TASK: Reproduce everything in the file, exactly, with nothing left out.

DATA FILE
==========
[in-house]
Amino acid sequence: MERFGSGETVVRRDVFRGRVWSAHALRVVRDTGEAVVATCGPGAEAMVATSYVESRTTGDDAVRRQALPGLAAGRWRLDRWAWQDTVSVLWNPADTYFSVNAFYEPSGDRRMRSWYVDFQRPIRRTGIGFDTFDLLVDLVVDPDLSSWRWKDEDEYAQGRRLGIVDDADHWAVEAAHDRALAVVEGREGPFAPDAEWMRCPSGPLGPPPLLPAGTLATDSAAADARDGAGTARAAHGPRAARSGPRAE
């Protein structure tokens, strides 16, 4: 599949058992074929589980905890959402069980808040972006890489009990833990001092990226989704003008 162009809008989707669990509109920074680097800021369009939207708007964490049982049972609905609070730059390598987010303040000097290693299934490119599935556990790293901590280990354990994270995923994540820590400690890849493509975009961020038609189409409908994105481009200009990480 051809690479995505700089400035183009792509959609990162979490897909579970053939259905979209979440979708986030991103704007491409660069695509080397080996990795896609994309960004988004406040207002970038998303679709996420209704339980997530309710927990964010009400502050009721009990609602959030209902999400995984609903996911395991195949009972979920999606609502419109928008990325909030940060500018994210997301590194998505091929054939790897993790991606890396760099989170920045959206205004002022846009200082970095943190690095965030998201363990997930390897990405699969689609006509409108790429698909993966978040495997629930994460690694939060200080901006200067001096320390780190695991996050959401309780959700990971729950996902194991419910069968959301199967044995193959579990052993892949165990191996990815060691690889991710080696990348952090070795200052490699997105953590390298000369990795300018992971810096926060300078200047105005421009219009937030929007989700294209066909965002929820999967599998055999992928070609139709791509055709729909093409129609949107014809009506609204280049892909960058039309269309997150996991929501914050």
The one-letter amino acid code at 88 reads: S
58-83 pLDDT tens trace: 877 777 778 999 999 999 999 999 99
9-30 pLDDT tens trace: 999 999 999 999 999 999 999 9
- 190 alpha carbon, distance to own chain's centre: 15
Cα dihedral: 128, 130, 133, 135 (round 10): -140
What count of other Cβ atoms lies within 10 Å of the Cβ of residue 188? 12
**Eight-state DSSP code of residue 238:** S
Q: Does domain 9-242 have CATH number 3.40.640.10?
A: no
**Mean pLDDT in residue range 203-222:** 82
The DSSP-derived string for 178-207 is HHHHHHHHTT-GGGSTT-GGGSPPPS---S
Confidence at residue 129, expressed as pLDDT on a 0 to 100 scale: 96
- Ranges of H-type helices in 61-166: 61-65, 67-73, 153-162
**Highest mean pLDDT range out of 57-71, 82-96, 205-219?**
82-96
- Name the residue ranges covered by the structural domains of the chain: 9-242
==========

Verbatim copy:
[in-house]
Amino acid sequence: MERFGSGETVVRRDVFRGRVWSAHALRVVRDTGEAVVATCGPGAEAMVATSYVESRTTGDDAVRRQALPGLAAGRWRLDRWAWQDTVSVLWNPADTYFSVNAFYEPSGDRRMRSWYVDFQRPIRRTGIGFDTFDLLVDLVVDPDLSSWRWKDEDEYAQGRRLGIVDDADHWAVEAAHDRALAVVEGREGPFAPDAEWMRCPSGPLGPPPLLPAGTLATDSAAADARDGAGTARAAHGPRAARSGPRAE
């Protein structure tokens, strides 16, 4: 599949058992074929589980905890959402069980808040972006890489009990833990001092990226989704003008 162009809008989707669990509109920074680097800021369009939207708007964490049982049972609905609070730059390598987010303040000097290693299934490119599935556990790293901590280990354990994270995923994540820590400690890849493509975009961020038609189409409908994105481009200009990480 051809690479995505700089400035183009792509959609990162979490897909579970053939259905979209979440979708986030991103704007491409660069695509080397080996990795896609994309960004988004406040207002970038998303679709996420209704339980997530309710927990964010009400502050009721009990609602959030209902999400995984609903996911395991195949009972979920999606609502419109928008990325909030940060500018994210997301590194998505091929054939790897993790991606890396760099989170920045959206205004002022846009200082970095943190690095965030998201363990997930390897990405699969689609006509409108790429698909993966978040495997629930994460690694939060200080901006200067001096320390780190695991996050959401309780959700990971729950996902194991419910069968959301199967044995193959579990052993892949165990191996990815060691690889991710080696990348952090070795200052490699997105953590390298000369990795300018992971810096926060300078200047105005421009219009937030929007989700294209066909965002929820999967599998055999992928070609139709791509055709729909093409129609949107014809009506609204280049892909960058039309269309997150996991929501914050």
The one-letter amino acid code at 88 reads: S
58-83 pLDDT tens trace: 877 777 778 999 999 999 999 999 99
9-30 pLDDT tens trace: 999 999 999 999 999 999 999 9
- 190 alpha carbon, distance to own chain's centre: 15
Cα dihedral: 128, 130, 133, 135 (round 10): -140
What count of other Cβ atoms lies within 10 Å of the Cβ of residue 188? 12
**Eight-state DSSP code of residue 238:** S
Q: Does domain 9-242 have CATH number 3.40.640.10?
A: no
**Mean pLDDT in residue range 203-222:** 82
The DSSP-derived string for 178-207 is HHHHHHHHTT-GGGSTT-GGGSPPPS---S
Confidence at residue 129, expressed as pLDDT on a 0 to 100 scale: 96
- Ranges of H-type helices in 61-166: 61-65, 67-73, 153-162
**Highest mean pLDDT range out of 57-71, 82-96, 205-219?**
82-96
- Name the residue ranges covered by the structural domains of the chain: 9-242